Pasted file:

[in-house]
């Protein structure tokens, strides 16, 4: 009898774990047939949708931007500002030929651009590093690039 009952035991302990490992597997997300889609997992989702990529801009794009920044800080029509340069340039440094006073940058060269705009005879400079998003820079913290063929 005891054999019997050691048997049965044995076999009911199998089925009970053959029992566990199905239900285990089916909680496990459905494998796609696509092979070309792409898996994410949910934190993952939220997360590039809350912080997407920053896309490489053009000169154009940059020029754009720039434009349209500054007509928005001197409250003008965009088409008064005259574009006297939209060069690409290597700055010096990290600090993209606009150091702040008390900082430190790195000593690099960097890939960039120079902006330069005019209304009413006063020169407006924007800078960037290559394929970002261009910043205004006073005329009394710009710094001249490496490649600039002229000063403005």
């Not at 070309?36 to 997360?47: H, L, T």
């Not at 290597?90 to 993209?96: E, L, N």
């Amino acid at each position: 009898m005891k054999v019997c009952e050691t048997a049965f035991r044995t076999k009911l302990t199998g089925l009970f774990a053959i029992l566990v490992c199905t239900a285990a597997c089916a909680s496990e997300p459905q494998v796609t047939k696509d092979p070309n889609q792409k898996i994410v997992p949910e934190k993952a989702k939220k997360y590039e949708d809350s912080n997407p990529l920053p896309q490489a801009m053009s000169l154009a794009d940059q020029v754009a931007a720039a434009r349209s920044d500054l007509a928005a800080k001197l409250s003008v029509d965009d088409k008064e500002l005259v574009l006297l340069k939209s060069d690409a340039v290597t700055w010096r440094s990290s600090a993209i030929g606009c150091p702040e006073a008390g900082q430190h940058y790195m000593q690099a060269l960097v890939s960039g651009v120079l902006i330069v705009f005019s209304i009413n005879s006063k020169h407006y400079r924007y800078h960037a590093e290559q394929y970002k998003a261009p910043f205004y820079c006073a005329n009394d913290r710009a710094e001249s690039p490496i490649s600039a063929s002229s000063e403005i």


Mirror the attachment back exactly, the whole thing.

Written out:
[in-house]
């Protein structure tokens, strides 16, 4: 009898774990047939949708931007500002030929651009590093690039 009952035991302990490992597997997300889609997992989702990529801009794009920044800080029509340069340039440094006073940058060269705009005879400079998003820079913290063929 005891054999019997050691048997049965044995076999009911199998089925009970053959029992566990199905239900285990089916909680496990459905494998796609696509092979070309792409898996994410949910934190993952939220997360590039809350912080997407920053896309490489053009000169154009940059020029754009720039434009349209500054007509928005001197409250003008965009088409008064005259574009006297939209060069690409290597700055010096990290600090993209606009150091702040008390900082430190790195000593690099960097890939960039120079902006330069005019209304009413006063020169407006924007800078960037290559394929970002261009910043205004006073005329009394710009710094001249490496490649600039002229000063403005």
């Not at 070309?36 to 997360?47: H, L, T």
């Not at 290597?90 to 993209?96: E, L, N």
């Amino acid at each position: 009898m005891k054999v019997c009952e050691t048997a049965f035991r044995t076999k009911l302990t199998g089925l009970f774990a053959i029992l566990v490992c199905t239900a285990a597997c089916a909680s496990e997300p459905q494998v796609t047939k696509d092979p070309n889609q792409k898996i994410v997992p949910e934190k993952a989702k939220k997360y590039e949708d809350s912080n997407p990529l920053p896309q490489a801009m053009s000169l154009a794009d940059q020029v754009a931007a720039a434009r349209s920044d500054l007509a928005a800080k001197l409250s003008v029509d965009d088409k008064e500002l005259v574009l006297l340069k939209s060069d690409a340039v290597t700055w010096r440094s990290s600090a993209i030929g606009c150091p702040e006073a008390g900082q430190h940058y790195m000593q690099a060269l960097v890939s960039g651009v120079l902006i330069v705009f005019s209304i009413n005879s006063k020169h407006y400079r924007y800078h960037a590093e290559q394929y970002k998003a261009p910043f205004y820079c006073a005329n009394d913290r710009a710094e001249s690039p490496i490649s600039a063929s002229s000063e403005i």